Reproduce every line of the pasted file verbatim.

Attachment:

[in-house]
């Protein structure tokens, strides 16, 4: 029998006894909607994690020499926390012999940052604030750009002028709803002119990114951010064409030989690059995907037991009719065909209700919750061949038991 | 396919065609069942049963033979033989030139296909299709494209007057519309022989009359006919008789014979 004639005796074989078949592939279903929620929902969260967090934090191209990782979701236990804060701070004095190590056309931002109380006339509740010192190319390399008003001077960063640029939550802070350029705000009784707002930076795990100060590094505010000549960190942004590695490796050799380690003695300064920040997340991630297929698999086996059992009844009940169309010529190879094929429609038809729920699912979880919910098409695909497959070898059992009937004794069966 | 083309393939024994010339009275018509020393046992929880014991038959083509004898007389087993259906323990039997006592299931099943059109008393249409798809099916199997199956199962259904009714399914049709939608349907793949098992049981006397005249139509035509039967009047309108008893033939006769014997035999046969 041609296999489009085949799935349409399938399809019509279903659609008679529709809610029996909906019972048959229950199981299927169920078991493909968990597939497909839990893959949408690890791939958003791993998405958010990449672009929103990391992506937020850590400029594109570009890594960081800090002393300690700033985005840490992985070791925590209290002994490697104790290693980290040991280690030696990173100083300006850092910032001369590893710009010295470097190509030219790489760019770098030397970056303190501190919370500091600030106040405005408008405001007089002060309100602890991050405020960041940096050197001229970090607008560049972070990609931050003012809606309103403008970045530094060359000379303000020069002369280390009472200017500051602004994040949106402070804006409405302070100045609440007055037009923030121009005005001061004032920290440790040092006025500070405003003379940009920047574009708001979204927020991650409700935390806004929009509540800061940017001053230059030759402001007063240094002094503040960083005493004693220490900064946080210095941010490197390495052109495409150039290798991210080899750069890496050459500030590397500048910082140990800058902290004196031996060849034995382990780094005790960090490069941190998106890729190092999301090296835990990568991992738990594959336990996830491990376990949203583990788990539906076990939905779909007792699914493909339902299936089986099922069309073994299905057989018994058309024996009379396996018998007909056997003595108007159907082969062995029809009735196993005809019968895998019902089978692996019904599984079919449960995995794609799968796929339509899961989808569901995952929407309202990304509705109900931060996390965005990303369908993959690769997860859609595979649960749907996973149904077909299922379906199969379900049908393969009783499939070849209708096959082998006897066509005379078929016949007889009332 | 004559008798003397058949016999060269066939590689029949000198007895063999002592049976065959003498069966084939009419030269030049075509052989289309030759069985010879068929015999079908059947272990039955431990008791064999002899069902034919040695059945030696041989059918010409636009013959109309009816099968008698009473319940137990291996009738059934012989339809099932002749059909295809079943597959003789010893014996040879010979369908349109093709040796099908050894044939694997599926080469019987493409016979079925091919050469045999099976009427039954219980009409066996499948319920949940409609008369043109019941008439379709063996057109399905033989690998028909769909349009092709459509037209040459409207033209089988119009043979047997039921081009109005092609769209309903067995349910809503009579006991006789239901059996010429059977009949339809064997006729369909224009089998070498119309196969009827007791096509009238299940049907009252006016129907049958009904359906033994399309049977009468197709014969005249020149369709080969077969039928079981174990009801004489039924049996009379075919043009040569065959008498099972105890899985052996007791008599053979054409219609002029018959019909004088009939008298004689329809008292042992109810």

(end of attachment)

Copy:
[in-house]
């Protein structure tokens, strides 16, 4: 029998006894909607994690020499926390012999940052604030750009002028709803002119990114951010064409030989690059995907037991009719065909209700919750061949038991 | 396919065609069942049963033979033989030139296909299709494209007057519309022989009359006919008789014979 004639005796074989078949592939279903929620929902969260967090934090191209990782979701236990804060701070004095190590056309931002109380006339509740010192190319390399008003001077960063640029939550802070350029705000009784707002930076795990100060590094505010000549960190942004590695490796050799380690003695300064920040997340991630297929698999086996059992009844009940169309010529190879094929429609038809729920699912979880919910098409695909497959070898059992009937004794069966 | 083309393939024994010339009275018509020393046992929880014991038959083509004898007389087993259906323990039997006592299931099943059109008393249409798809099916199997199956199962259904009714399914049709939608349907793949098992049981006397005249139509035509039967009047309108008893033939006769014997035999046969 041609296999489009085949799935349409399938399809019509279903659609008679529709809610029996909906019972048959229950199981299927169920078991493909968990597939497909839990893959949408690890791939958003791993998405958010990449672009929103990391992506937020850590400029594109570009890594960081800090002393300690700033985005840490992985070791925590209290002994490697104790290693980290040991280690030696990173100083300006850092910032001369590893710009010295470097190509030219790489760019770098030397970056303190501190919370500091600030106040405005408008405001007089002060309100602890991050405020960041940096050197001229970090607008560049972070990609931050003012809606309103403008970045530094060359000379303000020069002369280390009472200017500051602004994040949106402070804006409405302070100045609440007055037009923030121009005005001061004032920290440790040092006025500070405003003379940009920047574009708001979204927020991650409700935390806004929009509540800061940017001053230059030759402001007063240094002094503040960083005493004693220490900064946080210095941010490197390495052109495409150039290798991210080899750069890496050459500030590397500048910082140990800058902290004196031996060849034995382990780094005790960090490069941190998106890729190092999301090296835990990568991992738990594959336990996830491990376990949203583990788990539906076990939905779909007792699914493909339902299936089986099922069309073994299905057989018994058309024996009379396996018998007909056997003595108007159907082969062995029809009735196993005809019968895998019902089978692996019904599984079919449960995995794609799968796929339509899961989808569901995952929407309202990304509705109900931060996390965005990303369908993959690769997860859609595979649960749907996973149904077909299922379906199969379900049908393969009783499939070849209708096959082998006897066509005379078929016949007889009332 | 004559008798003397058949016999060269066939590689029949000198007895063999002592049976065959003498069966084939009419030269030049075509052989289309030759069985010879068929015999079908059947272990039955431990008791064999002899069902034919040695059945030696041989059918010409636009013959109309009816099968008698009473319940137990291996009738059934012989339809099932002749059909295809079943597959003789010893014996040879010979369908349109093709040796099908050894044939694997599926080469019987493409016979079925091919050469045999099976009427039954219980009409066996499948319920949940409609008369043109019941008439379709063996057109399905033989690998028909769909349009092709459509037209040459409207033209089988119009043979047997039921081009109005092609769209309903067995349910809503009579006991006789239901059996010429059977009949339809064997006729369909224009089998070498119309196969009827007791096509009238299940049907009252006016129907049958009904359906033994399309049977009468197709014969005249020149369709080969077969039928079981174990009801004489039924049996009379075919043009040569065959008498099972105890899985052996007791008599053979054409219609002029018959019909004088009939008298004689329809008292042992109810």